So that’s my take on this whole campaign and the controversy around it. I wonder if it might potentially be a sign of things to come by brands continuing to taking a stand on certain issues. I think we have seen some already but maybe not quite to this extent. I for one support that bold risky marketing but just be careful. Nike makes it look easy but after all, they’ve been just do(ing) it for 30 years.

See you next week!

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Happy Freakin’ Monday Ep 26 – Start Planning Your Holiday Campaign

I know! It seems way too early to be talking about the Holidays... unless you're in marketing. As much as I hate to say it, the Holiday season is right around the corner. However, that means that it's not too late to start planning your campaign. The holiday season is obviously a good time for many businesses, especially in retail but many don’t consider how much time it takes to plan a great holiday campaign.

This week  I want to share a very important public service announcement to not put it off but start planning. Right now, today, before it's too late.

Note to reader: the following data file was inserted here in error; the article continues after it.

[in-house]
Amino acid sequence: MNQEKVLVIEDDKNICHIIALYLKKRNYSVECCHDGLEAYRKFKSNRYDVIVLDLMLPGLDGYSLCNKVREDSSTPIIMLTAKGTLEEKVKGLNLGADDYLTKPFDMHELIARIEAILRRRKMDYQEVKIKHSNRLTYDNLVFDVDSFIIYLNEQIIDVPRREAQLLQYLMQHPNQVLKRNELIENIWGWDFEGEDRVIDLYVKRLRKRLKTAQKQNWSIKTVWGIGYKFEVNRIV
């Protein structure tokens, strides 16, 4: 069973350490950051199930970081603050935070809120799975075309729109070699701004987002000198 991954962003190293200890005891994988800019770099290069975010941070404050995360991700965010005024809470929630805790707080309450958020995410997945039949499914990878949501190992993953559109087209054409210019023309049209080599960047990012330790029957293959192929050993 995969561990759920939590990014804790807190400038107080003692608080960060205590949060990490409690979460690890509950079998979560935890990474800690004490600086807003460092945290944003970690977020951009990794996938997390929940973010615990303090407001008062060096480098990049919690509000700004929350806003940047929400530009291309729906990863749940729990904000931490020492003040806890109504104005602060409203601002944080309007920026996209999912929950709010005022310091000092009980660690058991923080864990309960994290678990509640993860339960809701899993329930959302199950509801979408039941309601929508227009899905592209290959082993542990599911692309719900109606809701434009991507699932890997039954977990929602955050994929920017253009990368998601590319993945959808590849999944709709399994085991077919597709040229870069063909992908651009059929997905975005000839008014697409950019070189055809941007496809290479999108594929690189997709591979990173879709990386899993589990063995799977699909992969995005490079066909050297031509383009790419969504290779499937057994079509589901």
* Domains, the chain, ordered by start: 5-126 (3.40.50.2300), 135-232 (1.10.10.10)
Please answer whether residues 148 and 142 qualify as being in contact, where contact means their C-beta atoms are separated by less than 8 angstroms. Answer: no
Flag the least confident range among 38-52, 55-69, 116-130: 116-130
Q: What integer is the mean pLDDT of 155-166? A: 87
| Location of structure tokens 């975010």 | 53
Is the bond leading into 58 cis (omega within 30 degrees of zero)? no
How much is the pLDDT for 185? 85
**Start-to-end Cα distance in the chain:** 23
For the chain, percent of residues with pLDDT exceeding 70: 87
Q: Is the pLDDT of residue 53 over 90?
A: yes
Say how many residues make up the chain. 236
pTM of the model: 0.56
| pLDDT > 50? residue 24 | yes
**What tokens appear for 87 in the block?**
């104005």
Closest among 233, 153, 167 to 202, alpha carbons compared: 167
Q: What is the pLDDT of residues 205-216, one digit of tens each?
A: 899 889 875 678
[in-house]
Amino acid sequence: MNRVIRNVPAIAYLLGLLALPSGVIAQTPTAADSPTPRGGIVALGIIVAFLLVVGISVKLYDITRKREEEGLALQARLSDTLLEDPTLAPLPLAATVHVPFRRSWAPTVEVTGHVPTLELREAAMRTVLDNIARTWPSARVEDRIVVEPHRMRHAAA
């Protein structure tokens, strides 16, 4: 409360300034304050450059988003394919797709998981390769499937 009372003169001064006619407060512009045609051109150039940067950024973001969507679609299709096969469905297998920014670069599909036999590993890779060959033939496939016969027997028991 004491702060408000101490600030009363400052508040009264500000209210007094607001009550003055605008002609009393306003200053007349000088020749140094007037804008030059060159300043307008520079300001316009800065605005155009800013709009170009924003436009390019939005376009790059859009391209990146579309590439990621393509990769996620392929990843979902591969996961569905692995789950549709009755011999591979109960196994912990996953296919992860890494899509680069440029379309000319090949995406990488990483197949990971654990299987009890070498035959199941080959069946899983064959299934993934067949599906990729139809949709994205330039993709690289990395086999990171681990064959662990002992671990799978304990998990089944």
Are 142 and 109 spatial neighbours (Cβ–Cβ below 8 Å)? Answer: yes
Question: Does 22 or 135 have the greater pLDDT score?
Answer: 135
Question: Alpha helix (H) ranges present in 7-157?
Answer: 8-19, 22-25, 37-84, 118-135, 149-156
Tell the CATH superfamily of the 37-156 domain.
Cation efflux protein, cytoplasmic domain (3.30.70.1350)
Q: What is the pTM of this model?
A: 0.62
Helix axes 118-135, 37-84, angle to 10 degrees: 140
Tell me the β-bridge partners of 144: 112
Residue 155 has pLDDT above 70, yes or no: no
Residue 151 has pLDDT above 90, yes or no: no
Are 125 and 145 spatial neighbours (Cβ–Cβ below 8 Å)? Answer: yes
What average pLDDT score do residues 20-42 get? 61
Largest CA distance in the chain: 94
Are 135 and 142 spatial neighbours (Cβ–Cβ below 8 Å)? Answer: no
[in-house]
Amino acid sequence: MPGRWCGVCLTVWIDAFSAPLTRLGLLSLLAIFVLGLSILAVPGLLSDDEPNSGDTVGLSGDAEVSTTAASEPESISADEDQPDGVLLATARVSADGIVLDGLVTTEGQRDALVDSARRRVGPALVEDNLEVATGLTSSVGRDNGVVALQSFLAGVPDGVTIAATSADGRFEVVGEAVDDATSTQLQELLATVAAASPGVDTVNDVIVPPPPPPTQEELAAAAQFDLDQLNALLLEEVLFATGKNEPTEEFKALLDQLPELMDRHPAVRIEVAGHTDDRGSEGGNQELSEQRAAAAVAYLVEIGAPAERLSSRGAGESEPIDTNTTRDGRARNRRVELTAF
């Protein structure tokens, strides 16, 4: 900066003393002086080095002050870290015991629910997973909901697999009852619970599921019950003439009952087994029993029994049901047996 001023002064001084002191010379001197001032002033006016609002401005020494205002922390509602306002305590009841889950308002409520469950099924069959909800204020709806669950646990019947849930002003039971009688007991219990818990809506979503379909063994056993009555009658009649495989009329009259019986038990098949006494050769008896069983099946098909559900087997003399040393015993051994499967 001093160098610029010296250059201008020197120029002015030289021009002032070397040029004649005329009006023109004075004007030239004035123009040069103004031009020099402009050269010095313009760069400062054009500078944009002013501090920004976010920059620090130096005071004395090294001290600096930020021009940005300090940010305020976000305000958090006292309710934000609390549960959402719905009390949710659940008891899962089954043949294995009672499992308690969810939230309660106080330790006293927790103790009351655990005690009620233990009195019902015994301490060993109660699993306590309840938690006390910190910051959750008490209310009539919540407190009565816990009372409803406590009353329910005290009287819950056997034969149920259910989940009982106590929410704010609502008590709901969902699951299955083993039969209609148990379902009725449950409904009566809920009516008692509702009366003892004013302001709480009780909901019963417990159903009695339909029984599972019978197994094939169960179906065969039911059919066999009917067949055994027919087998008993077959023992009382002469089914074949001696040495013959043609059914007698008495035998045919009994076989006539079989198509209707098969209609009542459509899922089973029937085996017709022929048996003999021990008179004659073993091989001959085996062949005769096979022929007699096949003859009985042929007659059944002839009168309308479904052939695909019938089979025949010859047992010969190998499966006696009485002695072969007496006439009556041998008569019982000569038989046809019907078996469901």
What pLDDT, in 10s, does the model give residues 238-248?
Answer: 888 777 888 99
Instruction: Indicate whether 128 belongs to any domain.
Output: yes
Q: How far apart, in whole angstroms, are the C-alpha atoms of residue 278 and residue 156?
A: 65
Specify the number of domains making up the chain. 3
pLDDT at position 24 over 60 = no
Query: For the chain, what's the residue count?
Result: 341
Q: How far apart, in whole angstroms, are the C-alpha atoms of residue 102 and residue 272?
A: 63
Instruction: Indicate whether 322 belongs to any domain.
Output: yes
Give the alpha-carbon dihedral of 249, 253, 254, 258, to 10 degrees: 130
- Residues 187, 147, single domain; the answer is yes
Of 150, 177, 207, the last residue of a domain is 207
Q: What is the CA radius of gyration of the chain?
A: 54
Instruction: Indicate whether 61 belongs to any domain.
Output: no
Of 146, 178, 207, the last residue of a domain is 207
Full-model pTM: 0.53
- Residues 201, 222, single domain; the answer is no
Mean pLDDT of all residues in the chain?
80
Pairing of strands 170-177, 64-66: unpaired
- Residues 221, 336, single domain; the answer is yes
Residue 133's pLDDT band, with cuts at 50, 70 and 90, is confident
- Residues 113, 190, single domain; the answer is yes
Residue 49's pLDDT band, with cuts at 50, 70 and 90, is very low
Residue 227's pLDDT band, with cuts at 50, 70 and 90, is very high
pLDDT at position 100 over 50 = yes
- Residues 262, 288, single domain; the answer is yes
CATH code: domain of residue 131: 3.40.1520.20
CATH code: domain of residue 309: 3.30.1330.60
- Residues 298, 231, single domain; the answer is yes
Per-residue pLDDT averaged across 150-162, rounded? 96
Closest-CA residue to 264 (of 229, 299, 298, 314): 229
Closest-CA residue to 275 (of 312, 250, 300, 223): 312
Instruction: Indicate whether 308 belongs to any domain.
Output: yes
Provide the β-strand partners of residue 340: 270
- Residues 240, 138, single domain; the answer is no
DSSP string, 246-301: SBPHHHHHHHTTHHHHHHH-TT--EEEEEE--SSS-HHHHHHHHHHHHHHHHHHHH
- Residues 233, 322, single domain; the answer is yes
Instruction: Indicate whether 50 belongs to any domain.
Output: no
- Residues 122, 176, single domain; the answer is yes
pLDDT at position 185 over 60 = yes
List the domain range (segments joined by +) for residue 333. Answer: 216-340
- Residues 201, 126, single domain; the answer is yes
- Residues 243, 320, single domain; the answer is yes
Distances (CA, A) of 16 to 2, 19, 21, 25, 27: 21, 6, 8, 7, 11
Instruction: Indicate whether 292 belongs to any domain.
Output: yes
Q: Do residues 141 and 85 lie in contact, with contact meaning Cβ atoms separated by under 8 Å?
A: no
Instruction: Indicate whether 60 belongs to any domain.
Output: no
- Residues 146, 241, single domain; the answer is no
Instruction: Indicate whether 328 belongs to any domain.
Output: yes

Basically if you think of putting together a campaign for the holidays in late November, there's no helping you. Now is the perfect time to start planning to get ahead. I’ve even put together some (made up) stats to help prove my point.

Let’s talk about Starbucks for a moment. Here is a brand that is very good at embracing the holidays. Not in a way that is in-your-face, or over the top but they really mix in just the right amount of holiday cheer into their customer experience. It’s funny how something so simple as a cup design  can make such a huge impact on consumers but it really does. It gets noticed and even talked about on the news (for some reason).

But do you think Starbucks decided in late november “oh hey, we should do something for the holidays”?. NO, of course not. It must take months to design, print and distribute those cups to all of their locations.

So whether it’s something simple and subtle like changing a cup design or rolling out a mass media video campaign, do yourself a favour and start now and plan for success. You will thank me come January.

See you next week!

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Happy Freakin’ Monday Ep 25 – The Oliver Jewellery Advertising Approach